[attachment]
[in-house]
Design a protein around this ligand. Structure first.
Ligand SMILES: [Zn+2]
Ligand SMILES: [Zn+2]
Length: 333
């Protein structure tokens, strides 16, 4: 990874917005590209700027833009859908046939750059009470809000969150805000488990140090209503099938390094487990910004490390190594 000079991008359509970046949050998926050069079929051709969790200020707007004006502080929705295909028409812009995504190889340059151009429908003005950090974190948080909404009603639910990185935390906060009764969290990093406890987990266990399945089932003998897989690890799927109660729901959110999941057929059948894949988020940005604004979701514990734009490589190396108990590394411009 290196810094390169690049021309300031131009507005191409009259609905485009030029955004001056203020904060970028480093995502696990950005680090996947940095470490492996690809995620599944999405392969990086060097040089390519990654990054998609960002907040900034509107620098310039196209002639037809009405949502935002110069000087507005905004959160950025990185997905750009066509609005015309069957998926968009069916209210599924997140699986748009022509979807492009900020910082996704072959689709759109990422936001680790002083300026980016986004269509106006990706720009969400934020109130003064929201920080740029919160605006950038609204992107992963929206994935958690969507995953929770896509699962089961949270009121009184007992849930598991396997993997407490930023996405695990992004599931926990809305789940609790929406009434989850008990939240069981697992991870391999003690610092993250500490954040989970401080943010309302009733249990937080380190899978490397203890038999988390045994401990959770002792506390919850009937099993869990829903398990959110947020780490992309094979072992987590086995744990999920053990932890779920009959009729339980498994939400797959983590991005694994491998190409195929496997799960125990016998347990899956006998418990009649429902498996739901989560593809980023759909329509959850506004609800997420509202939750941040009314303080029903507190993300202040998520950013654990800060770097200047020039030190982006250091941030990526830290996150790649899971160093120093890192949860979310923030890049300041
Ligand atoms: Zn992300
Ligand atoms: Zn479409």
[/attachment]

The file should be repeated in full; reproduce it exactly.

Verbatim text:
[in-house]
Design a protein around this ligand. Structure first.
Ligand SMILES: [Zn+2]
Ligand SMILES: [Zn+2]
Length: 333
């Protein structure tokens, strides 16, 4: 990874917005590209700027833009859908046939750059009470809000969150805000488990140090209503099938390094487990910004490390190594 000079991008359509970046949050998926050069079929051709969790200020707007004006502080929705295909028409812009995504190889340059151009429908003005950090974190948080909404009603639910990185935390906060009764969290990093406890987990266990399945089932003998897989690890799927109660729901959110999941057929059948894949988020940005604004979701514990734009490589190396108990590394411009 290196810094390169690049021309300031131009507005191409009259609905485009030029955004001056203020904060970028480093995502696990950005680090996947940095470490492996690809995620599944999405392969990086060097040089390519990654990054998609960002907040900034509107620098310039196209002639037809009405949502935002110069000087507005905004959160950025990185997905750009066509609005015309069957998926968009069916209210599924997140699986748009022509979807492009900020910082996704072959689709759109990422936001680790002083300026980016986004269509106006990706720009969400934020109130003064929201920080740029919160605006950038609204992107992963929206994935958690969507995953929770896509699962089961949270009121009184007992849930598991396997993997407490930023996405695990992004599931926990809305789940609790929406009434989850008990939240069981697992991870391999003690610092993250500490954040989970401080943010309302009733249990937080380190899978490397203890038999988390045994401990959770002792506390919850009937099993869990829903398990959110947020780490992309094979072992987590086995744990999920053990932890779920009959009729339980498994939400797959983590991005694994491998190409195929496997799960125990016998347990899956006998418990009649429902498996739901989560593809980023759909329509959850506004609800997420509202939750941040009314303080029903507190993300202040998520950013654990800060770097200047020039030190982006250091941030990526830290996150790649899971160093120093890192949860979310923030890049300041
Ligand atoms: Zn992300
Ligand atoms: Zn479409």